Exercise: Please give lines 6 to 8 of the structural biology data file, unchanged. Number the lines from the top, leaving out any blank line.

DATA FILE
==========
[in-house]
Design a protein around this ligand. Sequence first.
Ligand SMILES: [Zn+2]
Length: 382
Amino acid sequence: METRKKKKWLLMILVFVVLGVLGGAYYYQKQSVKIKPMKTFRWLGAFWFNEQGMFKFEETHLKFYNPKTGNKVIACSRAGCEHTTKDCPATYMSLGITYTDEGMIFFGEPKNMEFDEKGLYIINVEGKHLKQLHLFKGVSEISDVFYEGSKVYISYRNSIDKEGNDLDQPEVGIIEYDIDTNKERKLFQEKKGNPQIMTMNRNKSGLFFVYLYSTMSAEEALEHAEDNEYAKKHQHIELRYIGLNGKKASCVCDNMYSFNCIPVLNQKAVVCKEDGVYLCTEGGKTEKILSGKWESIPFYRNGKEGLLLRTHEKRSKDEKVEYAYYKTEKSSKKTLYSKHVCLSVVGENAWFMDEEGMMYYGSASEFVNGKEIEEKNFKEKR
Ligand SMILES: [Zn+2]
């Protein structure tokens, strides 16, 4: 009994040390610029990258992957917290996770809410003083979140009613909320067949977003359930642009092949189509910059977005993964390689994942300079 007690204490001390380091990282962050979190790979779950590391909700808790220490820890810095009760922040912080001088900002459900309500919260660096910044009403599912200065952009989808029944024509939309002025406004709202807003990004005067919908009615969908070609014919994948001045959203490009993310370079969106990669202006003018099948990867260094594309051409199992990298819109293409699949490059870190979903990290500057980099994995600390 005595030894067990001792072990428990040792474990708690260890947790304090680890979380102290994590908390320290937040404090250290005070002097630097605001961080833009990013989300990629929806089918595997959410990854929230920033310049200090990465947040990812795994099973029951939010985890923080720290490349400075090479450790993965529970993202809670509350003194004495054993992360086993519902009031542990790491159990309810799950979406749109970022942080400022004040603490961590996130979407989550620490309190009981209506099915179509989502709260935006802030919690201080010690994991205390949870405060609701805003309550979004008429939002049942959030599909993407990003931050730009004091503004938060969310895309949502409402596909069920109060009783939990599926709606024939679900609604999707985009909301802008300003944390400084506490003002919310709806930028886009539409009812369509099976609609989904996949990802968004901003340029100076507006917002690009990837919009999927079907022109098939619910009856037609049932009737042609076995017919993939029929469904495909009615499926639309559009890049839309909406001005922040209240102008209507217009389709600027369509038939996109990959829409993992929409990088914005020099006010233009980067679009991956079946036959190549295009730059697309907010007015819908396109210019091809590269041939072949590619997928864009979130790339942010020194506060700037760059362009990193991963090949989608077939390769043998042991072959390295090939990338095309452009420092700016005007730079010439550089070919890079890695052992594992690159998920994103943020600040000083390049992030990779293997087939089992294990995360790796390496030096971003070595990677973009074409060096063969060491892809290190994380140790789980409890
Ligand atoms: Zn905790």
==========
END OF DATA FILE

Ligand SMILES: [Zn+2]
């Protein structure tokens, strides 16, 4: 009994040390610029990258992957917290996770809410003083979140009613909320067949977003359930642009092949189509910059977005993964390689994942300079 007690204490001390380091990282962050979190790979779950590391909700808790220490820890810095009760922040912080001088900002459900309500919260660096910044009403599912200065952009989808029944024509939309002025406004709202807003990004005067919908009615969908070609014919994948001045959203490009993310370079969106990669202006003018099948990867260094594309051409199992990298819109293409699949490059870190979903990290500057980099994995600390 005595030894067990001792072990428990040792474990708690260890947790304090680890979380102290994590908390320290937040404090250290005070002097630097605001961080833009990013989300990629929806089918595997959410990854929230920033310049200090990465947040990812795994099973029951939010985890923080720290490349400075090479450790993965529970993202809670509350003194004495054993992360086993519902009031542990790491159990309810799950979406749109970022942080400022004040603490961590996130979407989550620490309190009981209506099915179509989502709260935006802030919690201080010690994991205390949870405060609701805003309550979004008429939002049942959030599909993407990003931050730009004091503004938060969310895309949502409402596909069920109060009783939990599926709606024939679900609604999707985009909301802008300003944390400084506490003002919310709806930028886009539409009812369509099976609609989904996949990802968004901003340029100076507006917002690009990837919009999927079907022109098939619910009856037609049932009737042609076995017919993939029929469904495909009615499926639309559009890049839309909406001005922040209240102008209507217009389709600027369509038939996109990959829409993992929409990088914005020099006010233009980067679009991956079946036959190549295009730059697309907010007015819908396109210019091809590269041939072949590619997928864009979130790339942010020194506060700037760059362009990193991963090949989608077939390769043998042991072959390295090939990338095309452009420092700016005007730079010439550089070919890079890695052992594992690159998920994103943020600040000083390049992030990779293997087939089992294990995360790796390496030096971003070595990677973009074409060096063969060491892809290190994380140790789980409890
Ligand atoms: Zn905790």